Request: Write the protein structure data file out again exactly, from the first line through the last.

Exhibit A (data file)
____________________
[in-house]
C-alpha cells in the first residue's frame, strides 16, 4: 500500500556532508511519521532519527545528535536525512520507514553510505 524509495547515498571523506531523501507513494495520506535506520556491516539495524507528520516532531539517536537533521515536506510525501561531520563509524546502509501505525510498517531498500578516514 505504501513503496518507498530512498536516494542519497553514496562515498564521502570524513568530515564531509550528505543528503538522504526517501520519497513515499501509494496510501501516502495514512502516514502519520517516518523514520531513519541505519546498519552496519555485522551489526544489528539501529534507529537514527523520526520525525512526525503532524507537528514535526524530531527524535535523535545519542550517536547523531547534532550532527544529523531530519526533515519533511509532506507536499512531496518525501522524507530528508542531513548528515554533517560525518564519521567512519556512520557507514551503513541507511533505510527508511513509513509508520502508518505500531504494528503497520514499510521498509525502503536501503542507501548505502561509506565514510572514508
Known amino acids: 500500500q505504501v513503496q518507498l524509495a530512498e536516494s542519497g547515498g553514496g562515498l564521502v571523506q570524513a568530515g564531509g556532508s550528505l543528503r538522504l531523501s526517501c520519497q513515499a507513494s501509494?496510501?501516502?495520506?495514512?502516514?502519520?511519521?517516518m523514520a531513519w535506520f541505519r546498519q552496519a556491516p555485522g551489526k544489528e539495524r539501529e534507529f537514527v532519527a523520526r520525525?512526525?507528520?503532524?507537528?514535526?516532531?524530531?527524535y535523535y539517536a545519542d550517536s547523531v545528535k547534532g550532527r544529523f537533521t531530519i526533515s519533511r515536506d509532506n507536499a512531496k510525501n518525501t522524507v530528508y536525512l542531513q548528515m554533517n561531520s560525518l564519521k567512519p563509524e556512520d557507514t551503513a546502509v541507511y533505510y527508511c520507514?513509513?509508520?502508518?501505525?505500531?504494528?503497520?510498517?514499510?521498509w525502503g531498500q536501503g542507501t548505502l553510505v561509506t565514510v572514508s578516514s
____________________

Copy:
[in-house]
C-alpha cells in the first residue's frame, strides 16, 4: 500500500556532508511519521532519527545528535536525512520507514553510505 524509495547515498571523506531523501507513494495520506535506520556491516539495524507528520516532531539517536537533521515536506510525501561531520563509524546502509501505525510498517531498500578516514 505504501513503496518507498530512498536516494542519497553514496562515498564521502570524513568530515564531509550528505543528503538522504526517501520519497513515499501509494496510501501516502495514512502516514502519520517516518523514520531513519541505519546498519552496519555485522551489526544489528539501529534507529537514527523520526520525525512526525503532524507537528514535526524530531527524535535523535545519542550517536547523531547534532550532527544529523531530519526533515519533511509532506507536499512531496518525501522524507530528508542531513548528515554533517560525518564519521567512519556512520557507514551503513541507511533505510527508511513509513509508520502508518505500531504494528503497520514499510521498509525502503536501503542507501548505502561509506565514510572514508
Known amino acids: 500500500q505504501v513503496q518507498l524509495a530512498e536516494s542519497g547515498g553514496g562515498l564521502v571523506q570524513a568530515g564531509g556532508s550528505l543528503r538522504l531523501s526517501c520519497q513515499a507513494s501509494?496510501?501516502?495520506?495514512?502516514?502519520?511519521?517516518m523514520a531513519w535506520f541505519r546498519q552496519a556491516p555485522g551489526k544489528e539495524r539501529e534507529f537514527v532519527a523520526r520525525?512526525?507528520?503532524?507537528?514535526?516532531?524530531?527524535y535523535y539517536a545519542d550517536s547523531v545528535k547534532g550532527r544529523f537533521t531530519i526533515s519533511r515536506d509532506n507536499a512531496k510525501n518525501t522524507v530528508y536525512l542531513q548528515m554533517n561531520s560525518l564519521k567512519p563509524e556512520d557507514t551503513a546502509v541507511y533505510y527508511c520507514?513509513?509508520?502508518?501505525?505500531?504494528?503497520?510498517?514499510?521498509w525502503g531498500q536501503g542507501t548505502l553510505v561509506t565514510v572514508s578516514s